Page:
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. Last Updated: 07/27/2016

Putin Lauded as Hero of the Winning Bid

In 2005 the organizers were keeping the news quiet. Early Thursday, the skies filled with fireworks as revelers screamed and shouted with joy. What a difference two years make.

While most of the country slept, more than 15,000 people packed into Sochi's main square to hear that their city had won the right to host the 2014 Winter Olympics, an announcement that will change the Black Sea resort forever.

The crowd then danced until dawn to the sounds of pop stars like Dima Bilan.

Despite the groans that had passed through the crowd when a promotional video for the South Korean bid was mistaken for a sign that Sochi had lost, there was no need to resort to the same trickery used the last time Russia was in the running to host an Olympic Games.

Two years ago, during the voting to decide the host for the 2012 Summer Olympics, organizers at a similar event near Red Square waited until just before the final announcement to let the crowd in on the fact that Moscow had been knocked out of the running at the start of voting, more than an hour earlier.

On Thursday, the word "Urraa" was easily the most popular in Russian blogs, the political world and beyond as a constant stream of congratulations and symbolic pats on the back were the order for the Sochi team.

"Russia has risen from its knees," Economic Development and Trade Minister German Gref said in Guatemala, but back in Russia they were almost kneeling right back down in lavish praise for the clear hero of the day.

President Valdimir Putin's role -- an MP3 of his fluent, if thickly accented English speech was already making its way around the Internet on Thursday -- in getting the games for his favorite holiday town did not go unnoticed.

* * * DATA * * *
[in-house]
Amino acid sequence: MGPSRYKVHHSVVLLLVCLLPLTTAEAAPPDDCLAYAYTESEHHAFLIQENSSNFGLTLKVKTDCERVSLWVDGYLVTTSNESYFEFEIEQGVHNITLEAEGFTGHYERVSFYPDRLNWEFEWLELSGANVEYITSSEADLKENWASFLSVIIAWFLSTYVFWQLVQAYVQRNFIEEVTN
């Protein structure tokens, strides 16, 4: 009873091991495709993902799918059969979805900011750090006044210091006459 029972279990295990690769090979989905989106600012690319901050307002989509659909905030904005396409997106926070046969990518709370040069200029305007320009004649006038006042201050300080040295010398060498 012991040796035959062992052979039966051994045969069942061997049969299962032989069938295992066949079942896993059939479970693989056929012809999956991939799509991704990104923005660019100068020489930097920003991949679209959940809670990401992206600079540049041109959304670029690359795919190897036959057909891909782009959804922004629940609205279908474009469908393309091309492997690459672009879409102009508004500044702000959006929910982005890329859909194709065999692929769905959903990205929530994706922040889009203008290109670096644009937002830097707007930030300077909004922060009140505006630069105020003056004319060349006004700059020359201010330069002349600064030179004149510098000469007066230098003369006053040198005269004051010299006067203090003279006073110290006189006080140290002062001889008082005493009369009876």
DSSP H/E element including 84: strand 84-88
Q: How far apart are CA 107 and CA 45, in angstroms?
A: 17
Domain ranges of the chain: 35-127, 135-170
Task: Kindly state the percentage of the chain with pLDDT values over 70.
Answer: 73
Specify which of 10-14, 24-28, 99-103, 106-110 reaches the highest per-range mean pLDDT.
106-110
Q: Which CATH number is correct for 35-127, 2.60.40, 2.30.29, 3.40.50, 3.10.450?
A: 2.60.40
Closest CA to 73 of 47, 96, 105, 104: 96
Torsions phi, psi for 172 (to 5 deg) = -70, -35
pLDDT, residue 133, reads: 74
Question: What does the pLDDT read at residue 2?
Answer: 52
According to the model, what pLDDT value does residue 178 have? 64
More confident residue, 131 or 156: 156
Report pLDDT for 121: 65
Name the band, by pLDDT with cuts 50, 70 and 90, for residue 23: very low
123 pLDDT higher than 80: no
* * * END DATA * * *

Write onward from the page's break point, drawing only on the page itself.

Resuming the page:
"The victory for the right to hold the Olympics is a personal victory for Russia's president," Federation Council Speaker Sergei Mironov said.

Ramzan Kadyrov, the president of the Chechen republic, the proximity of which had led many foreign observers to dismiss Sochi's chances, offered to send workers from the republic to help with the construction of Olympic venues.

Perhaps because the Olympics are still seven years away, talk inevitably returned to a question that has come to seem almost as eternal as the Olympic flame: What will Putin do after the presidential 2008 election?

Kommersant's Andrei Kolesnikov, who knows the president better than any other journalist, playfully asked Putin as he left the bid presentation in Guatemala whether he would be on hand to open the games in 2014 himself.

"Well, it's too early to ... plan," Putin said.

Kolesnikov assumed he meant that Sochi had not yet won, and not whether Putin would return as president in 2012.

Back in Moscow, Mironov said he was sure that Putin would back in office to open the games as president.

Not everyone was as thrilled by the victory, and critics of the plans for the Games said they would fight on.

"This decision has given the Russian government a green light to destroy the nature of this region and infringe upon of the rights of residents," the Against the Olympic Games in Sochi in 2014 group said in a statement on its web site.